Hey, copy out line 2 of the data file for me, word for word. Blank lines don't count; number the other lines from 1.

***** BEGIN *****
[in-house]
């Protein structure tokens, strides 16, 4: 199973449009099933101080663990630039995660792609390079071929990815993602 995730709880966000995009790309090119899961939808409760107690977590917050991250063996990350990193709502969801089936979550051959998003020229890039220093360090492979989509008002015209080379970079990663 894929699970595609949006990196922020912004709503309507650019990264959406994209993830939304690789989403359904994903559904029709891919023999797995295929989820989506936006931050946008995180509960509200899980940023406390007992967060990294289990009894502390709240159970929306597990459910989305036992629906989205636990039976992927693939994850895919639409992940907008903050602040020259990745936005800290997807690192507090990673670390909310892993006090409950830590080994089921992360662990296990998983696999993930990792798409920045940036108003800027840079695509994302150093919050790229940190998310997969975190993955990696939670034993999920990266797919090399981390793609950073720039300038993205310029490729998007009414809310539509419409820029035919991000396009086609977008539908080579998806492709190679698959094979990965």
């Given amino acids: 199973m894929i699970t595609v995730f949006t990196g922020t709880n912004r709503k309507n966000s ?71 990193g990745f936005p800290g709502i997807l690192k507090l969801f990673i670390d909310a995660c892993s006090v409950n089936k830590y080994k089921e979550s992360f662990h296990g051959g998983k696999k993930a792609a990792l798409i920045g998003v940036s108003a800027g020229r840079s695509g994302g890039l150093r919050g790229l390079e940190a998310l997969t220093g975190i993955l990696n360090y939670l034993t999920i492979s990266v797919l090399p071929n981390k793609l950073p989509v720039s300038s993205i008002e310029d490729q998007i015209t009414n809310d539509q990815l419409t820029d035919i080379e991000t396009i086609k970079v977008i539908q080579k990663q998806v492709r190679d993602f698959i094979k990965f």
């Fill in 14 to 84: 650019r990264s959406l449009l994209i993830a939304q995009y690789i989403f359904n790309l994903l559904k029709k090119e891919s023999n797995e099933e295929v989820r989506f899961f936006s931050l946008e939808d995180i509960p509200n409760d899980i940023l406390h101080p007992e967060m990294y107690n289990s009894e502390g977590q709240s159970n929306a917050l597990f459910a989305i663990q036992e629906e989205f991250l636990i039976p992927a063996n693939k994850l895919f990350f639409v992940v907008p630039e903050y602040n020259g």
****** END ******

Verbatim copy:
């Protein structure tokens, strides 16, 4: 199973449009099933101080663990630039995660792609390079071929990815993602 995730709880966000995009790309090119899961939808409760107690977590917050991250063996990350990193709502969801089936979550051959998003020229890039220093360090492979989509008002015209080379970079990663 894929699970595609949006990196922020912004709503309507650019990264959406994209993830939304690789989403359904994903559904029709891919023999797995295929989820989506936006931050946008995180509960509200899980940023406390007992967060990294289990009894502390709240159970929306597990459910989305036992629906989205636990039976992927693939994850895919639409992940907008903050602040020259990745936005800290997807690192507090990673670390909310892993006090409950830590080994089921992360662990296990998983696999993930990792798409920045940036108003800027840079695509994302150093919050790229940190998310997969975190993955990696939670034993999920990266797919090399981390793609950073720039300038993205310029490729998007009414809310539509419409820029035919991000396009086609977008539908080579998806492709190679698959094979990965």